Heavy cruiser

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With up to ten 20.3 cm guns, the heavy cruisers of the Imperial Japanese Navy  - here the Mikuma  - were among the most heavily armed, but exceeded the limits of the Naval Conference of 1930, for example. T. considerably.
The USS Indianapolis the US Navy brought in July 1945 parts of the atomic bomb " Little Boy " on the Pacific island of Tinian and was sunk with heavy losses on the return trip by a Japanese submarine.
The Prinz Eugen survived the Second World War intact as the only heavy unit of the German Navy . After being used in the nuclear weapons tests of " Operation Crossroads ", it finally capsized in the Kwajalein Atoll, where the wreck is still located today

The heavy cruiser is a type of warship that developed after the First World War and soon disappeared again after the end of the Second World War . The heavy cruiser developed into an independent type of cruiser, mainly due to the technical specifications of the Washington Fleet Agreement . Heavy cruisers are cruisers whose main armament, unlike light cruisers, consists of guns with a caliber of more than 15.5 cm; a caliber of 20.3 cm (8 inches ) was common.

Precursor and beginning of development

Immediate forerunners of this type of ship were the Hawkins- class cruisers , which had been put into construction by the Royal Navy during World War I in order to obtain an effective remedy against the German small cruisers and auxiliary cruisers , which had seriously disrupted sea trade. They had an operational displacement of around 9,000 tons, a main armament of seven 19 cm guns and a speed of over 30 knots. This explains the qualitative maximum limits that the Washington Naval Conference of 1922 granted heavy cruisers: According to this, the standard displacement of this type could not exceed 10,000 tons (equivalent to 10,160 tons ) and the gun caliber could not exceed 20.3 cm (8 inches). Since the fleet conference also stipulated a 10-year construction break for capital ships, the large navies went over to an arms race in this class of ships. The average “heavy cruiser”, consequently also called the “Washington cruiser”, had eight or nine guns in twin or triple turrets, ran over 30  knots , but was only lightly armored.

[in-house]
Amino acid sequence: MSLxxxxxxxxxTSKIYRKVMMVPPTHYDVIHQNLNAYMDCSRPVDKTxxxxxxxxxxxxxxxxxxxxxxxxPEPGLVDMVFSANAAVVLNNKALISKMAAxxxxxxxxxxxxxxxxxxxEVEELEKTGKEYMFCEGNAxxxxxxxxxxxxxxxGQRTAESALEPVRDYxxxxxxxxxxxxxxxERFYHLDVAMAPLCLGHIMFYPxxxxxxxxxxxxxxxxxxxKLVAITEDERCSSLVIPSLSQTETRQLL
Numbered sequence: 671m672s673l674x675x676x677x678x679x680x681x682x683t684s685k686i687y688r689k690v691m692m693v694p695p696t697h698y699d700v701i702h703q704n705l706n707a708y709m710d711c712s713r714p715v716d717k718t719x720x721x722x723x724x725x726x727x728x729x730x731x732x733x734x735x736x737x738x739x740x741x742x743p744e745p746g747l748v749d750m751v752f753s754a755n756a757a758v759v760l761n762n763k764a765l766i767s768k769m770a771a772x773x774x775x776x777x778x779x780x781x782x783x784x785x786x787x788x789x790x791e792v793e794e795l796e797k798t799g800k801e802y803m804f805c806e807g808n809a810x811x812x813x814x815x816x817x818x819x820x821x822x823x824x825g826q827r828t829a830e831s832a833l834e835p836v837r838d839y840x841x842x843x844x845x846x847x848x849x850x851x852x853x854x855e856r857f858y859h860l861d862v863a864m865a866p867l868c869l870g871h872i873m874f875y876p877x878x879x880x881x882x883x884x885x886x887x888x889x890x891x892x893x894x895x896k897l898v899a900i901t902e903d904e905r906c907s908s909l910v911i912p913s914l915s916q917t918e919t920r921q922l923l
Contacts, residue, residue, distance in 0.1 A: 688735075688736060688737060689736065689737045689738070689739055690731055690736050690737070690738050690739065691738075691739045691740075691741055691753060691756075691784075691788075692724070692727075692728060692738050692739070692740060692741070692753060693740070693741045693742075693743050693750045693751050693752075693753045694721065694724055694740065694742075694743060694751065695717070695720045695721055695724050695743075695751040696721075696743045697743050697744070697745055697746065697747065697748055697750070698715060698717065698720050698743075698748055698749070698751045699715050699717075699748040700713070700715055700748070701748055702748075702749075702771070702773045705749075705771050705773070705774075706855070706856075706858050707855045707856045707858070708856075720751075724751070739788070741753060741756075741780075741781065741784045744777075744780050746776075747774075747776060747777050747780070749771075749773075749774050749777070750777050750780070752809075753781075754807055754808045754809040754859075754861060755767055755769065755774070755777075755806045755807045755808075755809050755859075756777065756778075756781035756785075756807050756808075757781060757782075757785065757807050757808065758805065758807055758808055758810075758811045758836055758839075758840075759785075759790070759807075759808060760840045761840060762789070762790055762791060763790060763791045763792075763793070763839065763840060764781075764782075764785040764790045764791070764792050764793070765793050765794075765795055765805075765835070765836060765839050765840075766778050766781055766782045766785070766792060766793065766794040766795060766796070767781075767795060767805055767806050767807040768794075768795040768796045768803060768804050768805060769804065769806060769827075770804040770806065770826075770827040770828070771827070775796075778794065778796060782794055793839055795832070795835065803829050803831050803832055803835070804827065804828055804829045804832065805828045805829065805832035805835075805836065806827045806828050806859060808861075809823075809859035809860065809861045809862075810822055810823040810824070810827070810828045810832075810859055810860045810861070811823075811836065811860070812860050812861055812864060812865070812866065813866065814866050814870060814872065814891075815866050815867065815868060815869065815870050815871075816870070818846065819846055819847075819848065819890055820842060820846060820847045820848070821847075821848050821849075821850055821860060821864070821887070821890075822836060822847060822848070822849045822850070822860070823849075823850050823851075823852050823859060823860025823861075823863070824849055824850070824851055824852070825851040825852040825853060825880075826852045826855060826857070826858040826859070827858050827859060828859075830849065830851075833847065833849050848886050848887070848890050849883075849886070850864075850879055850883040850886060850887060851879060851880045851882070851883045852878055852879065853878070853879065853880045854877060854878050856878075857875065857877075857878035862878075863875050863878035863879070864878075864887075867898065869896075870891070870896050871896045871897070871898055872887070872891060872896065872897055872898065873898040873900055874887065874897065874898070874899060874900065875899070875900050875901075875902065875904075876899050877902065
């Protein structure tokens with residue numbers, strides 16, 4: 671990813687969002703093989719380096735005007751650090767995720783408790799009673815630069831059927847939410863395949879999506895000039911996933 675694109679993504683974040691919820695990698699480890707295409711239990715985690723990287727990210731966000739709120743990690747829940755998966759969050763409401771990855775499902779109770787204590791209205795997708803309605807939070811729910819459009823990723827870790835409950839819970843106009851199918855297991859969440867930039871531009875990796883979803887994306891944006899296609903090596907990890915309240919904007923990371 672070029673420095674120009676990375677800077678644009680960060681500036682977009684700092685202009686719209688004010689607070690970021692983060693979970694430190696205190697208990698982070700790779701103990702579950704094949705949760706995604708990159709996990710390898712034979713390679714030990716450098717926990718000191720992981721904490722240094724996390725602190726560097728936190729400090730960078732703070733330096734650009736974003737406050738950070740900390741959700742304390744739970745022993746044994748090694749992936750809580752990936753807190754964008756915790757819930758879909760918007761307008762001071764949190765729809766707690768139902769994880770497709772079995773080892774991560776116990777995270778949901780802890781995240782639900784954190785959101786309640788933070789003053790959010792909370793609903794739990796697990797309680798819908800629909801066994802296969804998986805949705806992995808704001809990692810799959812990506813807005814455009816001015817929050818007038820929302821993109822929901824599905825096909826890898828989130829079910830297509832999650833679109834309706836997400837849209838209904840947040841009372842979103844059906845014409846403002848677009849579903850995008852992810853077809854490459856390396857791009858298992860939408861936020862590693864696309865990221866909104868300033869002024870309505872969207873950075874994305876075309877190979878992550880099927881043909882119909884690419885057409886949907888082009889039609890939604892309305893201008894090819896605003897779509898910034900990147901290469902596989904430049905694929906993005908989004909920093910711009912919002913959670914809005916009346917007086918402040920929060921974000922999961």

Cruiser armament

The cruiser battle of the 1920s led to an attempt to contractually restrict their construction. A conference planned for this in Geneva did not materialize, so that a numerical upper limit for the number of cruisers in the fleets of Great Britain, the USA and Japan was not agreed until the next international fleet conference ( London 1930 ). The essential distinction between heavy and light cruisers was also established, according to which the latter were not allowed to have a caliber higher than 15.2 cm (6 inches).